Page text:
While Cinco de Mayo is a real, albeit mostly insignificant, celebration in Mexico, it’s taken on a life of its own in America. But instead of using the day as an excuse to dump tequila over your head and scream the lyrics to “La Bamba”—hey, we’ve all been there—why not use the day to ditch the burritos for a more authentic bite? The warping of Mexican fare has reached an epidemic level, but if you know where to look in Boston, get ready to be transported.
1. Tu y Yo
What to eat: Chile en nogada, a traditional dish from Puebla featuring a poblano stuffed with meats and fruits and coated in a walnut-cream sauce, peppered with pomegranate seeds ($18.95). Or try the tacos de chapulines—grasshoppers—for a classic Oaxacan bite ($13.50).
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What to drink: A Michelada, the cure-all hangover quaff featuring beer, lime juice, salt, Clamato and/or tomato juice ($5.95).
858 Broadway, Somerville, tuyyorestaurant.com.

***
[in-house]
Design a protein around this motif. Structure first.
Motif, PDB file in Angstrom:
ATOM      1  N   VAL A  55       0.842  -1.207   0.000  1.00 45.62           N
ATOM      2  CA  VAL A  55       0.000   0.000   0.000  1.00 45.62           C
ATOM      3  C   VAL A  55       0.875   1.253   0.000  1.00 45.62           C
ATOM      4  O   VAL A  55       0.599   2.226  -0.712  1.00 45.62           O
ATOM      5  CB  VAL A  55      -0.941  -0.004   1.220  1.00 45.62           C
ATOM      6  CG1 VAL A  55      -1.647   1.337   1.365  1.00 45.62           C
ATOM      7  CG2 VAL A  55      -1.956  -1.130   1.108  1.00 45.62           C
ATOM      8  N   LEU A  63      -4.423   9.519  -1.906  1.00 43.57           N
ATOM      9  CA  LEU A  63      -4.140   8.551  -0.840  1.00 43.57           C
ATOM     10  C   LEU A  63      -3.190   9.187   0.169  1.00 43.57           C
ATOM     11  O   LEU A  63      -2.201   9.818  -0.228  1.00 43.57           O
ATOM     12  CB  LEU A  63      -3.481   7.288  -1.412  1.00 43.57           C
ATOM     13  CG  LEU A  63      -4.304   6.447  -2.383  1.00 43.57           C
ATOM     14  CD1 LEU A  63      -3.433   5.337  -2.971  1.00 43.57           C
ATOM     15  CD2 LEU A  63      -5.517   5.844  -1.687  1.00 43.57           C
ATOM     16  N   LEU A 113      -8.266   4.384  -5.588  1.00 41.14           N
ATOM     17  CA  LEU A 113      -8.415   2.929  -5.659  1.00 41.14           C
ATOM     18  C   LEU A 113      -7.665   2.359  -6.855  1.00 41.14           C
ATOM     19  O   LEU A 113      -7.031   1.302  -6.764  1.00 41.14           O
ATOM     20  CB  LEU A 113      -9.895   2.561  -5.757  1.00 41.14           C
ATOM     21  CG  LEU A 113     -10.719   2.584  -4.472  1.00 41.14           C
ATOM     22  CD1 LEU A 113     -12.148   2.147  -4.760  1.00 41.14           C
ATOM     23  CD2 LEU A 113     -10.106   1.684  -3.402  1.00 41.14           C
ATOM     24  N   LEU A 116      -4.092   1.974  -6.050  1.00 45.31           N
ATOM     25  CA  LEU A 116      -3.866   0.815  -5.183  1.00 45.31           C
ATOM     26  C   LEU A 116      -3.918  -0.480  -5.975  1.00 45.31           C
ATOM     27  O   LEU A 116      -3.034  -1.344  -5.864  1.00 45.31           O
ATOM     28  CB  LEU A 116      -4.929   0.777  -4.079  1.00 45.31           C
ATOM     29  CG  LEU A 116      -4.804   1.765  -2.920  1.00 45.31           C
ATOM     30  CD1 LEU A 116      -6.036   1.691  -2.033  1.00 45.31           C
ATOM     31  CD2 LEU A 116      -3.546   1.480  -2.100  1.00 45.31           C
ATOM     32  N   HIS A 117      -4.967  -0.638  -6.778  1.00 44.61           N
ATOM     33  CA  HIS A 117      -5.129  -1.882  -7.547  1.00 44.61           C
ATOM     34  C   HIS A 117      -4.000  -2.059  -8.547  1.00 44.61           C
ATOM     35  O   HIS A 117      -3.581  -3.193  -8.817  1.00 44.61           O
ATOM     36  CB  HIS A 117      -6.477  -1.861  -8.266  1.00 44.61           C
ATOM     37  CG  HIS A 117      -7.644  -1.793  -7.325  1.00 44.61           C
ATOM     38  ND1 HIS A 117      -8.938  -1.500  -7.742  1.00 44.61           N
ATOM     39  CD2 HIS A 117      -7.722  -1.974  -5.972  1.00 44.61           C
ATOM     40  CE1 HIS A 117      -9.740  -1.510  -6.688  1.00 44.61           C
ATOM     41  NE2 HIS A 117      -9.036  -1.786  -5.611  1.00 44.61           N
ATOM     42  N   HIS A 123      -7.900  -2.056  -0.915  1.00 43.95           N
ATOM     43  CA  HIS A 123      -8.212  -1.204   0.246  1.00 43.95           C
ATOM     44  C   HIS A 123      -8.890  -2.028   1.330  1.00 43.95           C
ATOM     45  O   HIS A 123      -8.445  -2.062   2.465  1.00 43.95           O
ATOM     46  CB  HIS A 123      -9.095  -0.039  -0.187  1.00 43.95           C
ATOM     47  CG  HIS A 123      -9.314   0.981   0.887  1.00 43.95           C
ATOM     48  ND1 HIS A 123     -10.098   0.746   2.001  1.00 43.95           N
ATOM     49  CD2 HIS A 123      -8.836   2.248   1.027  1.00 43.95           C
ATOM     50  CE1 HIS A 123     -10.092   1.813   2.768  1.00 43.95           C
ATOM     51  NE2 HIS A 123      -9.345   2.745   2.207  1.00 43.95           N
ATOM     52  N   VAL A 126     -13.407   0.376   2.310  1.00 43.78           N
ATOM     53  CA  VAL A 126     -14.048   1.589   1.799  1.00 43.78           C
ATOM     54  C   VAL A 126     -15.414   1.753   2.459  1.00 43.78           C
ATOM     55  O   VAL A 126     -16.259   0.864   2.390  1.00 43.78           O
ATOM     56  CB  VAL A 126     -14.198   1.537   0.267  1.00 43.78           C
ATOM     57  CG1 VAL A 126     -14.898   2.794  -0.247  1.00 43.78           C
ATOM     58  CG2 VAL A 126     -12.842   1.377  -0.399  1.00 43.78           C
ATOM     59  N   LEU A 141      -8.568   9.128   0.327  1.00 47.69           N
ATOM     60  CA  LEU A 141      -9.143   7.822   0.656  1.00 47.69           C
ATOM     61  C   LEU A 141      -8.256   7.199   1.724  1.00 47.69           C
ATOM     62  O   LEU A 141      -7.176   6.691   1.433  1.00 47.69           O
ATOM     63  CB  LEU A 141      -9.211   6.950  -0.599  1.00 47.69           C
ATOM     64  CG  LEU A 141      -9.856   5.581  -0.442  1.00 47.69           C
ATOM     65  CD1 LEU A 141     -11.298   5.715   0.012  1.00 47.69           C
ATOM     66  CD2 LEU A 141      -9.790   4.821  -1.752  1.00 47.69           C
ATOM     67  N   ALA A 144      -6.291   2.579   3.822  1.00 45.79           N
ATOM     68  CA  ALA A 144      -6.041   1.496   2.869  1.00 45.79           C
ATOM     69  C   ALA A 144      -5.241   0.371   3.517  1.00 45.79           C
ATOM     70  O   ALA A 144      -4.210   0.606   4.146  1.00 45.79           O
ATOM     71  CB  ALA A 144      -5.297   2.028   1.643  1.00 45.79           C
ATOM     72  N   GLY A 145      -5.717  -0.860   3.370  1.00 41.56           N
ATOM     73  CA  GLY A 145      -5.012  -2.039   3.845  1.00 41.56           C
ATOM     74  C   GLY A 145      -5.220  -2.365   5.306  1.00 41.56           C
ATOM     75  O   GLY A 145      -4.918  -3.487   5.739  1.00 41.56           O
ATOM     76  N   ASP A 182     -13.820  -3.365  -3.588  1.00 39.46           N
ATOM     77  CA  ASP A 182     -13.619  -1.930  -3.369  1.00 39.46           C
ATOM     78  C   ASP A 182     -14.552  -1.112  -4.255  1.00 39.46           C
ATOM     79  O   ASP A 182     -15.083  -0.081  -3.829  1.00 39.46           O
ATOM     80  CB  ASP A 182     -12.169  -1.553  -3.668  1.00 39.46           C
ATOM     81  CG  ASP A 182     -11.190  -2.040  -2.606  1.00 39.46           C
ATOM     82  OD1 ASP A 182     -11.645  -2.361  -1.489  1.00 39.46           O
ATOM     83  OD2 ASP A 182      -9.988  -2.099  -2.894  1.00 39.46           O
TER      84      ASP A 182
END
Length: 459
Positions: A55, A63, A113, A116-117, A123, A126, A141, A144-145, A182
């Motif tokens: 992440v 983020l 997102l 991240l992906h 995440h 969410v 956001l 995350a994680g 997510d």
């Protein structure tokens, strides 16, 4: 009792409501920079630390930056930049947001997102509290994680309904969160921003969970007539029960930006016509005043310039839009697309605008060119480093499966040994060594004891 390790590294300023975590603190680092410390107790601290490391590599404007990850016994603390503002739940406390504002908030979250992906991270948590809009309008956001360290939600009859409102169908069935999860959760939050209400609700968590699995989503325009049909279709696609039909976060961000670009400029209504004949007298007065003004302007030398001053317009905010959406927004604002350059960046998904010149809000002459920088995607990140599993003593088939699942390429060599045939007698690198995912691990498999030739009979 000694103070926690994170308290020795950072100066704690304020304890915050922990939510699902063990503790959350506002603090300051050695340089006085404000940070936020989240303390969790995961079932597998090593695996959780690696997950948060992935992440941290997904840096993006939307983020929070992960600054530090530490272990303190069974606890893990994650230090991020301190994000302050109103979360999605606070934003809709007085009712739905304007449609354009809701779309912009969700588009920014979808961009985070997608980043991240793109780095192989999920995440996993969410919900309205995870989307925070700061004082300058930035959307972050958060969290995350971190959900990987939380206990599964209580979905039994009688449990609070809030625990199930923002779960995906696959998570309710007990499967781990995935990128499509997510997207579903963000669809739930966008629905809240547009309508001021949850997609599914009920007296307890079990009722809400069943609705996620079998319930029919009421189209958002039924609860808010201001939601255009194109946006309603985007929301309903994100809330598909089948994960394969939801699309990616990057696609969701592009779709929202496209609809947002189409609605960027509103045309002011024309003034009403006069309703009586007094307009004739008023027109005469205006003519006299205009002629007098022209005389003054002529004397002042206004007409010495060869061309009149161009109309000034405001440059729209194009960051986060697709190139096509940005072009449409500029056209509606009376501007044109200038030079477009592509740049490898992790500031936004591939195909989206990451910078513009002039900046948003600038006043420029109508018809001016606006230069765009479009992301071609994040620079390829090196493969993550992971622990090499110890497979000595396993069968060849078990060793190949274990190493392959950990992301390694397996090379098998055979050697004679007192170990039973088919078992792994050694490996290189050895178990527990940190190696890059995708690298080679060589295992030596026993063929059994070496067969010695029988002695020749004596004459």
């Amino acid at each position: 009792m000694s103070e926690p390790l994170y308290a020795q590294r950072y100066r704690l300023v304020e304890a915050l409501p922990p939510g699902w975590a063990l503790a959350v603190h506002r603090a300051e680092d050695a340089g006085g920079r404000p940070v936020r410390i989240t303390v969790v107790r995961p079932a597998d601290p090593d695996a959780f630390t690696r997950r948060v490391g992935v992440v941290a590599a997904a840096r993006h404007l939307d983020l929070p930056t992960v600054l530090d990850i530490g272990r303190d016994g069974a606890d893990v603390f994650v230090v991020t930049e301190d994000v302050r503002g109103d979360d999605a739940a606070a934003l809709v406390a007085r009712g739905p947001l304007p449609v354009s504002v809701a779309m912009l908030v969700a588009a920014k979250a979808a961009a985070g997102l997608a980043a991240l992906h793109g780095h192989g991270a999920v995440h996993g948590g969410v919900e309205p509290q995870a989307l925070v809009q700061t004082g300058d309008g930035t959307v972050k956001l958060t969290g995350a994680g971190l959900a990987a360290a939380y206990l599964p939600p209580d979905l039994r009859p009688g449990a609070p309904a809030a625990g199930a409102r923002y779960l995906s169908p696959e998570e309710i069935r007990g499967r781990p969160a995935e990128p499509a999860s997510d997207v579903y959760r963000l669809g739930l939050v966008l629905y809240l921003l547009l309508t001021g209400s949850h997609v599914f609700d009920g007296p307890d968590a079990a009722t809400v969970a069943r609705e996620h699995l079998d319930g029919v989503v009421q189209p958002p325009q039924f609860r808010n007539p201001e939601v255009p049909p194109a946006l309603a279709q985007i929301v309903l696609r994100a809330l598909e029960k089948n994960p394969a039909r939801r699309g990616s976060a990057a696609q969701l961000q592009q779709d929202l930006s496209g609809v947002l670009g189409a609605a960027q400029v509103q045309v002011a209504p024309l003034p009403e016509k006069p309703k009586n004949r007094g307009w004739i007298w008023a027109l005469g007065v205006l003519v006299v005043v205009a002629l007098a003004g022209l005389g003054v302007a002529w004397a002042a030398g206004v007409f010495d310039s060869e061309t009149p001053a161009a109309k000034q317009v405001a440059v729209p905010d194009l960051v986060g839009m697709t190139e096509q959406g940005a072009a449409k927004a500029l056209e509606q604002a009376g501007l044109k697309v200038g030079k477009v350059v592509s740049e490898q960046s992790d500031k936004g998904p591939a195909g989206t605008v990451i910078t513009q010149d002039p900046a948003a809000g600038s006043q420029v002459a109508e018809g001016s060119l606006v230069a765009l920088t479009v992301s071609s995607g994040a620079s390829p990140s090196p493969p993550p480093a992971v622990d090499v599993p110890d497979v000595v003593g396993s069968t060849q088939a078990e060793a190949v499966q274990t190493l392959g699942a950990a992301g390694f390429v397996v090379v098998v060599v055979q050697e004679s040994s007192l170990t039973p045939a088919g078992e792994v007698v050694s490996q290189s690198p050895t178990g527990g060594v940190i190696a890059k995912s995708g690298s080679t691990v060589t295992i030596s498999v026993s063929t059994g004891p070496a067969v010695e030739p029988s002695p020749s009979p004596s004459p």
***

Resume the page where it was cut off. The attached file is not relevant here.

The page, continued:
2. El Centro
What to eat: El Centro’s Sonoran chef has packed the menu with Mexican classics. Try the tacos de barbacoa ($5), but if you need something heartier to soak up those drinks, the arrachera a latampiqueña—a grilled flank steak with an enchilada, beans, and guacamole—won’t leave you hanging ($25).
What to drink: El Centro’s famous spicy sangria.
472 Shawmut Ave., Boston, elcentroinboston.com.
What to eat: Mole poblano de Angela ($20). Who can resist mole? Every Mexican household has its own recipe, but Angela’s blends chocolate, peanuts, raisins, banana, sesame seeds, and even crackers.
What to drink: The Banderita—a margarita with lime, coconut, and strawberry. The colors of the Mexican flag ($10).
131 Lexington St., East Boston, angelascafeboston.com.
4. Casa Romero
What to eat: Cochinita pibil ($18), a Yucatecan specialty traditionally featuring pork marinated in achiote paste and sour orange, cooked to tender perfection. Or try the camarones al huitlacoche—shrimp with some good ’ol corn fungus ($25).
What to drink: Margarita picante—tequila, St. Germain, secret spice, and a rim of Tajin, an eponymous Mexican spice that’s served on everything from street corn to mango ($12.75).
30 Gloucester St, Boston, casaromero.com.
What to eat: The torta ahogada, or drowned sandwiched—literally, a pork and bean sandwich drenched in guajillo-tomato sauce ($10.59).
What to drink: This restaurant features an extensive tequila and margarita menu, but try the spiked horchata—a traditional rice drink but with a dose of rum ($9).
1209 Washington St., Braintree, cielomx.com.